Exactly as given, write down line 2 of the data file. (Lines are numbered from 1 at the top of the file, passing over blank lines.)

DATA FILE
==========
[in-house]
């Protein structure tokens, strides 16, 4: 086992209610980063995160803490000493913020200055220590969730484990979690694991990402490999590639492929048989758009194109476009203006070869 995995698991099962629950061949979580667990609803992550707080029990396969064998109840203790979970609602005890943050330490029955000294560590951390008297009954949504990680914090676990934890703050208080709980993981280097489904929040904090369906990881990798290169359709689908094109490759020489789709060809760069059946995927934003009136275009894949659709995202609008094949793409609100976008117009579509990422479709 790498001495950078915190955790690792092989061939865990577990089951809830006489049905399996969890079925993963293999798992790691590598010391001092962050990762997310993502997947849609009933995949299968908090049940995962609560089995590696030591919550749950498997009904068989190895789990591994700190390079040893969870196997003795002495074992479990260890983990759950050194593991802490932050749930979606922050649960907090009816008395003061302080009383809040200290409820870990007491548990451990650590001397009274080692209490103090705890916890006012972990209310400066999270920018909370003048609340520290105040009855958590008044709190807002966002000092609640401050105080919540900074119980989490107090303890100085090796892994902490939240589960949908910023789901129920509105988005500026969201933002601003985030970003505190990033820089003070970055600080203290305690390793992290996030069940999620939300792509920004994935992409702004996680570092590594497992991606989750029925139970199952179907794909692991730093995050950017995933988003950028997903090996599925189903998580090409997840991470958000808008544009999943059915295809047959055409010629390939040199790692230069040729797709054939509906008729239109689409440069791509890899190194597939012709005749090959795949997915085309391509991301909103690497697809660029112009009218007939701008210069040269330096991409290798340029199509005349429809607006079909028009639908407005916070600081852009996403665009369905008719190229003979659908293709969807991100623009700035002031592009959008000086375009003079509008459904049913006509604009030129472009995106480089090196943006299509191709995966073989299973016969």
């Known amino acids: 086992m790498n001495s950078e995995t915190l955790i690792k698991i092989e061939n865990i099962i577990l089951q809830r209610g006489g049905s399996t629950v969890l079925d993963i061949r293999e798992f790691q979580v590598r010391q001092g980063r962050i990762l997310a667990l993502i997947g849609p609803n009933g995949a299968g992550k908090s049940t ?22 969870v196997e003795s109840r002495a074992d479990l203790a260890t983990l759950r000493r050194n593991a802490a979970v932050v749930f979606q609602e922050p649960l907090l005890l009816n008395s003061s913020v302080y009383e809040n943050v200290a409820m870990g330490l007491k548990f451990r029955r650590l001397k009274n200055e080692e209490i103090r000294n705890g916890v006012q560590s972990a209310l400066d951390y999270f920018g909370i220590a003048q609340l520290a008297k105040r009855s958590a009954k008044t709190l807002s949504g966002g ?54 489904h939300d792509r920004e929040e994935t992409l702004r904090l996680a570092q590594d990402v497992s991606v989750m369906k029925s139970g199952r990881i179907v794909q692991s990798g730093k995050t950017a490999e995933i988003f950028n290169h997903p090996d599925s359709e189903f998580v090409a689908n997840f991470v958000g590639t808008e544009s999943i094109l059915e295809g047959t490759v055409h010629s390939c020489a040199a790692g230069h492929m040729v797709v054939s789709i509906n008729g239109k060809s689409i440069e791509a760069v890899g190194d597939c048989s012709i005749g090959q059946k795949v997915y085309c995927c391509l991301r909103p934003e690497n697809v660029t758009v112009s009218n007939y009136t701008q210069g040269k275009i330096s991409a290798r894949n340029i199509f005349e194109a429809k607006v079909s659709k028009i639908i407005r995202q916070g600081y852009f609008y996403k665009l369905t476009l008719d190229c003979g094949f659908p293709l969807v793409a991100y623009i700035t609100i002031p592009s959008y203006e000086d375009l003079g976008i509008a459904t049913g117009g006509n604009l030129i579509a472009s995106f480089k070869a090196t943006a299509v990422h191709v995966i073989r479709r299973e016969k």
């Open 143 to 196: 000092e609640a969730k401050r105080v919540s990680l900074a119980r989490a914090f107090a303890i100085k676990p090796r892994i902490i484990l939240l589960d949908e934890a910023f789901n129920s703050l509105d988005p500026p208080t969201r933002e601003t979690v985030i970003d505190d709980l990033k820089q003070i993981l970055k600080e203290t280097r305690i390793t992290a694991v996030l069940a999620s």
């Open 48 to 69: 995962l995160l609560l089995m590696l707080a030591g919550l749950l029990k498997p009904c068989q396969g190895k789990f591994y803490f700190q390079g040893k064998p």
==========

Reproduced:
């Protein structure tokens, strides 16, 4: 086992209610980063995160803490000493913020200055220590969730484990979690694991990402490999590639492929048989758009194109476009203006070869 995995698991099962629950061949979580667990609803992550707080029990396969064998109840203790979970609602005890943050330490029955000294560590951390008297009954949504990680914090676990934890703050208080709980993981280097489904929040904090369906990881990798290169359709689908094109490759020489789709060809760069059946995927934003009136275009894949659709995202609008094949793409609100976008117009579509990422479709 790498001495950078915190955790690792092989061939865990577990089951809830006489049905399996969890079925993963293999798992790691590598010391001092962050990762997310993502997947849609009933995949299968908090049940995962609560089995590696030591919550749950498997009904068989190895789990591994700190390079040893969870196997003795002495074992479990260890983990759950050194593991802490932050749930979606922050649960907090009816008395003061302080009383809040200290409820870990007491548990451990650590001397009274080692209490103090705890916890006012972990209310400066999270920018909370003048609340520290105040009855958590008044709190807002966002000092609640401050105080919540900074119980989490107090303890100085090796892994902490939240589960949908910023789901129920509105988005500026969201933002601003985030970003505190990033820089003070970055600080203290305690390793992290996030069940999620939300792509920004994935992409702004996680570092590594497992991606989750029925139970199952179907794909692991730093995050950017995933988003950028997903090996599925189903998580090409997840991470958000808008544009999943059915295809047959055409010629390939040199790692230069040729797709054939509906008729239109689409440069791509890899190194597939012709005749090959795949997915085309391509991301909103690497697809660029112009009218007939701008210069040269330096991409290798340029199509005349429809607006079909028009639908407005916070600081852009996403665009369905008719190229003979659908293709969807991100623009700035002031592009959008000086375009003079509008459904049913006509604009030129472009995106480089090196943006299509191709995966073989299973016969």